It may be a mixed metaphor, but it's true: The airlines drive the bus. They lead--and we're forced to follow. They control our destinies as well as our destinations. We may spend more time (and money) in hotels and rented cars, but our lives on the road are dominated by our relationship with the airlines. Maybe it's because we spend all that time in a metal tube with our lives in their hands. Whatever the reason, what the airlines do affects our mental, business and physical equilibrium more than anything that the hotel or car-rental industries do.

OUR 80/20 RULE
The world lumps all business travelers into one group. We know better. The 80 percent of us whose business travels are primarily domestic know that we lead totally different lives from the 20 percent of us who are international business travelers. Domestic business travelers and international business travelers have nothing in common except that we know the rest of the world doesn't understand the differences between us.

The road to our hearts, minds and wallets is not paved with frequent flyer miles or frequent stay points. Frequent travelers have all the miles and points they need--and far more free trips than we can ever claim. We earn so many miles for expenditures on the core business-travel products (transportation, lodging, credit cards and telecommunications), we're not going to buy a couch or a magazine because we get some more miles. The gamers may relish the opportunity to refinance their mortgages or fly a "mileage run" or switch gas stations for miles, but real business travelers are too busy for those games. What we want from the frequent travel programs is perks: the recognition that we are loyal, profitable customers; the upgrades and preferred treatment; a slightly more comfortable life while we do business on the road; and a simple "thank you" for emptying our wallets into their cash registers.

Even 20 years ago our life on the road, despite all of the pitfalls, was a refuge from the craziness of our life in the office and our life on the home front. We hit the road and we left everything behind. And we controlled the access. We called in--to the office or back home--only when and where we felt it was appropriate. No more. With mobile phones, BlackBerrys, laptops and all-Internet-all-the-time access, it's unacceptable to be out of touch. Ever. For even a minute. The result? We're not only managing our road trip, we're also dealing with all the stuff at the office and at home that we once left behind. There's no space anymore. No time anymore. No escape anymore. And we're about to implode because no one can manage all of that all of the time.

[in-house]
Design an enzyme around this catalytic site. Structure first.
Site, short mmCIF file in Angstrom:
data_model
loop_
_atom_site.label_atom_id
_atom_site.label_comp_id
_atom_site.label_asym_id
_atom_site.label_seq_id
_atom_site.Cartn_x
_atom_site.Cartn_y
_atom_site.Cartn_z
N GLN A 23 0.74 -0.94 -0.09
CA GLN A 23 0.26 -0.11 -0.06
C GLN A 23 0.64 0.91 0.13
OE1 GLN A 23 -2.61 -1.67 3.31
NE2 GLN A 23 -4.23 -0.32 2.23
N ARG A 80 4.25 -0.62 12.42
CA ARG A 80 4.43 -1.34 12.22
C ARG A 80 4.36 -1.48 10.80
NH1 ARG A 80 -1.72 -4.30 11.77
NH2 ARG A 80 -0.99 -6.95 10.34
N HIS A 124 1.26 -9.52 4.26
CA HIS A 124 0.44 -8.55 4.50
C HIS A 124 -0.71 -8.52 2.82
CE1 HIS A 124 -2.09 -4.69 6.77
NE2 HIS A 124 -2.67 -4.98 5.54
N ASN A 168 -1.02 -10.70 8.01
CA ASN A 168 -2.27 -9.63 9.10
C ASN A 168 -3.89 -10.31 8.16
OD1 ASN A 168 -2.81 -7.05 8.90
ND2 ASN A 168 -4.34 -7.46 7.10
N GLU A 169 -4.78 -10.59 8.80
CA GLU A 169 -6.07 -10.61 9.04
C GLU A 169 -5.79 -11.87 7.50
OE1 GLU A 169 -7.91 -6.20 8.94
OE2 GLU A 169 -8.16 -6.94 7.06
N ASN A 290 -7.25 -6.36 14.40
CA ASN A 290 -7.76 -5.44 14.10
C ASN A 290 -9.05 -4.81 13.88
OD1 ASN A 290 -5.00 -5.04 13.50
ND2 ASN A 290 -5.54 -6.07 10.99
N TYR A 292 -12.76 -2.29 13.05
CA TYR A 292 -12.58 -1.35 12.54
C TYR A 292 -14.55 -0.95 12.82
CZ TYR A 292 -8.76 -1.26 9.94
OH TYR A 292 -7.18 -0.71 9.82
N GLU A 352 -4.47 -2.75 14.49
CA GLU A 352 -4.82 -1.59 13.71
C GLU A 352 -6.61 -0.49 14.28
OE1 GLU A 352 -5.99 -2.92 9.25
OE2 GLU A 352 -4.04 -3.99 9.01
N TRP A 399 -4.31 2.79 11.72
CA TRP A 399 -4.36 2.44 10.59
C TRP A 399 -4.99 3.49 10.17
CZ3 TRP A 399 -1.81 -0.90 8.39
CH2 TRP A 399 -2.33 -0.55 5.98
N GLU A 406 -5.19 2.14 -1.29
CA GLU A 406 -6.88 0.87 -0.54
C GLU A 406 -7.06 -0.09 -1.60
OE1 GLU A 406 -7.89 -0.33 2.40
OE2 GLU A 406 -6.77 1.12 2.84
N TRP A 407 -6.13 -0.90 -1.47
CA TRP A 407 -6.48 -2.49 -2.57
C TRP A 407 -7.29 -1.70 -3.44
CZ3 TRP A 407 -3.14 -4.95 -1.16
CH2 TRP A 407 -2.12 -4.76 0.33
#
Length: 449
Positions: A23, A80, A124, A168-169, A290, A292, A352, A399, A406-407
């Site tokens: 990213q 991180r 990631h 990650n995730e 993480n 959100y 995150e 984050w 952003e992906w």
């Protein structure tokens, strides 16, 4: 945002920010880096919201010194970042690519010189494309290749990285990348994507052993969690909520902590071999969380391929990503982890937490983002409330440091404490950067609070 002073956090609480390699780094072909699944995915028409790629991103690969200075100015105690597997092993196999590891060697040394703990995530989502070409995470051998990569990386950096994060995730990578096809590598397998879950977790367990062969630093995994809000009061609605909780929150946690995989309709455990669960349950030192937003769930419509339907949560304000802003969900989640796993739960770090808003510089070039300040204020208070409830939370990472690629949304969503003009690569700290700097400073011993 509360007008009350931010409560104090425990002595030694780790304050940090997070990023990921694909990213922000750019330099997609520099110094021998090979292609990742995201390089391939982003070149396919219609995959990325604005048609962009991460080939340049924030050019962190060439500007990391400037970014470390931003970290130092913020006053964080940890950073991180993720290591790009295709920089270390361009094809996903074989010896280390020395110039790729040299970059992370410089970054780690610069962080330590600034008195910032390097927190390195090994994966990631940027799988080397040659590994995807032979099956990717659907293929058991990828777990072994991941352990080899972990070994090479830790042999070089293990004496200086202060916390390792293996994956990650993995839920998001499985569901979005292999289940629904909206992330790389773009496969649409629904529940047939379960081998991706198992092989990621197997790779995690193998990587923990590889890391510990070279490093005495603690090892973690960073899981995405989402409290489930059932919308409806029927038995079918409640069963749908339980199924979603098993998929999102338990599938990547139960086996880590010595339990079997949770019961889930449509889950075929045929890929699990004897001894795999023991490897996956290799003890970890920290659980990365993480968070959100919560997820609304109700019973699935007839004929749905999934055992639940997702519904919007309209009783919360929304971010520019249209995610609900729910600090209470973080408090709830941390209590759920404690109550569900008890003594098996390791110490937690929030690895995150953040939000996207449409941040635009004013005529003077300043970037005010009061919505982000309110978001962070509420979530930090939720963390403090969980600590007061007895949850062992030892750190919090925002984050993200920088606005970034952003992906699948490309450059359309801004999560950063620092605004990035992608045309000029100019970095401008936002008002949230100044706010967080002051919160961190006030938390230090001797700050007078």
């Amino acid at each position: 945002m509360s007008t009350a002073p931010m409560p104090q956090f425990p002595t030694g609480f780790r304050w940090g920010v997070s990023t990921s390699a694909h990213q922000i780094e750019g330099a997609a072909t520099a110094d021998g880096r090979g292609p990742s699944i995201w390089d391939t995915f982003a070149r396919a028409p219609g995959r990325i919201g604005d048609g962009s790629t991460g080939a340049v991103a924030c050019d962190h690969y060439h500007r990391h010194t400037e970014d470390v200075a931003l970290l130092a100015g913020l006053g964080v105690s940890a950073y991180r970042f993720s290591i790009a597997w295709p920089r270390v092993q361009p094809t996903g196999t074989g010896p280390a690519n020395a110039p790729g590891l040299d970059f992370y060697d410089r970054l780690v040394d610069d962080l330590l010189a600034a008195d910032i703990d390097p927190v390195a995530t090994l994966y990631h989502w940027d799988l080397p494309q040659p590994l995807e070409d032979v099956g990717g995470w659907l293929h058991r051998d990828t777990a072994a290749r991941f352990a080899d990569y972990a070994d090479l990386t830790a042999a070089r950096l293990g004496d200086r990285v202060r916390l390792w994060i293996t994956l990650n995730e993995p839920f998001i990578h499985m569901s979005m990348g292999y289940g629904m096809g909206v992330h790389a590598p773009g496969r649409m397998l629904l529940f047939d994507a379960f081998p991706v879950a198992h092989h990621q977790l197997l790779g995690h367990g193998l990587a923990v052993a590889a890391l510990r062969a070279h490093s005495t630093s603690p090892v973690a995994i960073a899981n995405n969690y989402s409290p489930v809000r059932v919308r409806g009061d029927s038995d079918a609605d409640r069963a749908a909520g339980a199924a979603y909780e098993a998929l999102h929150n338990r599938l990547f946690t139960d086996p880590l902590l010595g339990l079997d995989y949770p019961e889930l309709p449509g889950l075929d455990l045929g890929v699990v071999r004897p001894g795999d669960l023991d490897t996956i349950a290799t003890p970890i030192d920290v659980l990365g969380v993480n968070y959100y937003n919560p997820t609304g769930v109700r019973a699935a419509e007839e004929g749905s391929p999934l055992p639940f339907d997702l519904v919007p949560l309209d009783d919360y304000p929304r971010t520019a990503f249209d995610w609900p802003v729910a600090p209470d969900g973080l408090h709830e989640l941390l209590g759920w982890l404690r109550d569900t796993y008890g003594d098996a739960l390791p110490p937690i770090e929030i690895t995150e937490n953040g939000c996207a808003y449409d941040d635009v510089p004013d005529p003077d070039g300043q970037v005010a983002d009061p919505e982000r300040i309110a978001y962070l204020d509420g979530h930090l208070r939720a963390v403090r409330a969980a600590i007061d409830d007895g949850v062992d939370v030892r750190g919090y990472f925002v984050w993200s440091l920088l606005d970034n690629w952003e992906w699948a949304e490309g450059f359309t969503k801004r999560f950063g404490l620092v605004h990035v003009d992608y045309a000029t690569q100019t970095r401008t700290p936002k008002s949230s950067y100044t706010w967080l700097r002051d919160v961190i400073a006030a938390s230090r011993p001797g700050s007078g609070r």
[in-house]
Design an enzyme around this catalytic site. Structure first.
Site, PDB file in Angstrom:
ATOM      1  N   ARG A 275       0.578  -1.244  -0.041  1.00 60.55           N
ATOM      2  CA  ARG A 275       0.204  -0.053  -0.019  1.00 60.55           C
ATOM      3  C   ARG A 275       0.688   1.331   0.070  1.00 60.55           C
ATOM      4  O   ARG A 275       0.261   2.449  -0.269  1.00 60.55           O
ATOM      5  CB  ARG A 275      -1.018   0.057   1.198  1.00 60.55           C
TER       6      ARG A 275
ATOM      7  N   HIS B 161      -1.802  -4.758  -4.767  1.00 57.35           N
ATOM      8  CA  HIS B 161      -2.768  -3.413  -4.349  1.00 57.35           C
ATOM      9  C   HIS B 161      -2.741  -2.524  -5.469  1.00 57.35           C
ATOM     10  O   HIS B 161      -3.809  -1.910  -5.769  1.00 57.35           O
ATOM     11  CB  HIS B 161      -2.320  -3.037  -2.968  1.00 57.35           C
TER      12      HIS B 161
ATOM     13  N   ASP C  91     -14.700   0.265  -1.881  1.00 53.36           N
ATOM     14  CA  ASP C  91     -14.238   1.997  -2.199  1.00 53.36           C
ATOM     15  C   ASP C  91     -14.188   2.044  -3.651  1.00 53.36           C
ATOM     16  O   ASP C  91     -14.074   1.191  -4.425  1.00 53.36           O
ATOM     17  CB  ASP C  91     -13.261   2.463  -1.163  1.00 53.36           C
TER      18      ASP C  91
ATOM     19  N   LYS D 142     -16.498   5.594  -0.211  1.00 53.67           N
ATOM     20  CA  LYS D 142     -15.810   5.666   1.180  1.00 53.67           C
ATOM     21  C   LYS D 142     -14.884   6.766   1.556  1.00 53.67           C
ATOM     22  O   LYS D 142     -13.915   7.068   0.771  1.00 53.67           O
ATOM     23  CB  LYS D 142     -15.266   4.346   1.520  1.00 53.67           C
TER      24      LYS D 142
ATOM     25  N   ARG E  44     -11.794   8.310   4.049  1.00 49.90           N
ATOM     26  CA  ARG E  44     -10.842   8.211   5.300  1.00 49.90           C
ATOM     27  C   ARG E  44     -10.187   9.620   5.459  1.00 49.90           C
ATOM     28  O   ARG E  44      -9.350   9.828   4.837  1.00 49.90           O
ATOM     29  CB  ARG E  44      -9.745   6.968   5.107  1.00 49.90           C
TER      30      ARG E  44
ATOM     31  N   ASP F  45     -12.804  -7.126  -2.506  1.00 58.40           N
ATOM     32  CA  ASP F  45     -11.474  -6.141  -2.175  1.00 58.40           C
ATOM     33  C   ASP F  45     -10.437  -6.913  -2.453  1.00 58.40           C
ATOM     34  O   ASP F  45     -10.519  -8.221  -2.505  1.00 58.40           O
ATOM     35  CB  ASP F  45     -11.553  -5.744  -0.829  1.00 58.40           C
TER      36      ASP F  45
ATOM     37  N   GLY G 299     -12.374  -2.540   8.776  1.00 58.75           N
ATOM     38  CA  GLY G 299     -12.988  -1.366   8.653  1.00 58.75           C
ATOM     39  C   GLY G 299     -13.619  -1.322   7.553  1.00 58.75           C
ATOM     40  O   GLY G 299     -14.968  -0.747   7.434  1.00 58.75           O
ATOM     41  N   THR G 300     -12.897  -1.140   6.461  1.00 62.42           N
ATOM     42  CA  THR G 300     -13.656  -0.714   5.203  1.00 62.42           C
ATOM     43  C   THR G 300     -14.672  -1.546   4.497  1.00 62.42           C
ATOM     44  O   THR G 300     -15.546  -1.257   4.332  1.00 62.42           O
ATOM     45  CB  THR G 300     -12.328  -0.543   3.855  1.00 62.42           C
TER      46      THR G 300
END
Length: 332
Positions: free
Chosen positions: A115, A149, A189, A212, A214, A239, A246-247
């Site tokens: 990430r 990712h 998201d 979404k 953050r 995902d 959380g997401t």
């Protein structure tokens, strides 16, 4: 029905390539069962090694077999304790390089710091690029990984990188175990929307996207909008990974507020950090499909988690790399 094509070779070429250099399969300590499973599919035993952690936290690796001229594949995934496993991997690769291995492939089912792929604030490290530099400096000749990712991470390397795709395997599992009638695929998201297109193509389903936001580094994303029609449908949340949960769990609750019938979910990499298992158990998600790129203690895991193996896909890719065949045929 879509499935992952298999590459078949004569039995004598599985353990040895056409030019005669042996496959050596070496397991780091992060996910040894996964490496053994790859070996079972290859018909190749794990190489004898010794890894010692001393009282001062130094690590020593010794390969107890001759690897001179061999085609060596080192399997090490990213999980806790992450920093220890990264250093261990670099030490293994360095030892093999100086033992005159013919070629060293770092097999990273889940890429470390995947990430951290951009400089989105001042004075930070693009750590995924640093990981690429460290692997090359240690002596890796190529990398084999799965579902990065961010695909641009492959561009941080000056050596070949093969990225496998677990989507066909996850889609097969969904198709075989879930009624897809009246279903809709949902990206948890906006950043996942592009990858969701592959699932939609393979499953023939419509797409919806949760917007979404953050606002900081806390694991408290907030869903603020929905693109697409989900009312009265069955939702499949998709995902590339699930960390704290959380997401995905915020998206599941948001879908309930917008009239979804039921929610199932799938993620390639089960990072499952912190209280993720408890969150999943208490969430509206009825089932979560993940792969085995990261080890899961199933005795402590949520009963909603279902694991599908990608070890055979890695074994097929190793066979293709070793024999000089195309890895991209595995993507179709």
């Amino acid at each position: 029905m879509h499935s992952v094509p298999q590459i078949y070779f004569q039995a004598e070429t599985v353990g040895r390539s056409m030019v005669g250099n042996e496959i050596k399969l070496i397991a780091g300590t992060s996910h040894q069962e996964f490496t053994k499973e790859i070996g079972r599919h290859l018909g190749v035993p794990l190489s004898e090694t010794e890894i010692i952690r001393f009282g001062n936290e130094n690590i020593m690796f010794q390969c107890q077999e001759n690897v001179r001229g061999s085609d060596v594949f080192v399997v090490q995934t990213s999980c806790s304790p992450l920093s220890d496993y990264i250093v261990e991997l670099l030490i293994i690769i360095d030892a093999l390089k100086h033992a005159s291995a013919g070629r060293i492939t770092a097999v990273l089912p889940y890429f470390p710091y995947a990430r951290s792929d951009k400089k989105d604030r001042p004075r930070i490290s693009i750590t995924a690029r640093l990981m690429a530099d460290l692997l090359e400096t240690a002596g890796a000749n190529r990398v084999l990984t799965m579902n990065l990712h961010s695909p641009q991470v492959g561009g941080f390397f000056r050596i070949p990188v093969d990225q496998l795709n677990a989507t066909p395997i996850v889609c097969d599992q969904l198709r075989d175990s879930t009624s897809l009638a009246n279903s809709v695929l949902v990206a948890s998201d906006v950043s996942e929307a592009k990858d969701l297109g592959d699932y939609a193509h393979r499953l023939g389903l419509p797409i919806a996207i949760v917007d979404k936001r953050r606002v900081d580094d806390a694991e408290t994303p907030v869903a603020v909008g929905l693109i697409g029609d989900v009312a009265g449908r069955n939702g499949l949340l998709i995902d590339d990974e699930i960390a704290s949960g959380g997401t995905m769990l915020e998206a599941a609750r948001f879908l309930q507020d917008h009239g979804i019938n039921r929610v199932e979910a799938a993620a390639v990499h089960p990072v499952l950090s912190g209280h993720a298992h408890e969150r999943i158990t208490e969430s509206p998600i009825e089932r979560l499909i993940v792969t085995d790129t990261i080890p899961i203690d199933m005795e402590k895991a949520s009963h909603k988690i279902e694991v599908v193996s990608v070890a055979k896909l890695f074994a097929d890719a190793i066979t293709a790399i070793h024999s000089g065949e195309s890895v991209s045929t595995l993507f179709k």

I wrote this line in 1997 and, more than a decade later, I see it quoted all over the place by all sorts of people: Life on the road stinks. And it gets worse, day by day, week by week, year by year. But truth, especially a stark one, tends to warp our perspective. As miserable as our lives on the road are, we sometimes forget that our problems are nothing compared to the burdens being borne by others on this troubled planet. We've got a right to sing the blues. Just not as loudly as we sometimes do.
ABOUT JOE BRANCATELLI Joe Brancatelli is a publication consultant, which means that he helps media companies start, fix and reposition newspapers, magazines and Web sites. He's also the former executive editor of Frequent Flyer and has been a consultant to or columnist for more business-travel and leisure-travel publishing operations than he can remember. He started his career as a business journalist and created JoeSentMe in the dark days after 9/11 while he was stranded in a hotel room in San Francisco. He lives on the Hudson River in the tourist town of Cold Spring.

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This column is Copyright 2009 by Joe Brancatelli. JoeSentMe.com is Copyright 2009 by Joe Brancatelli. All rights reserved.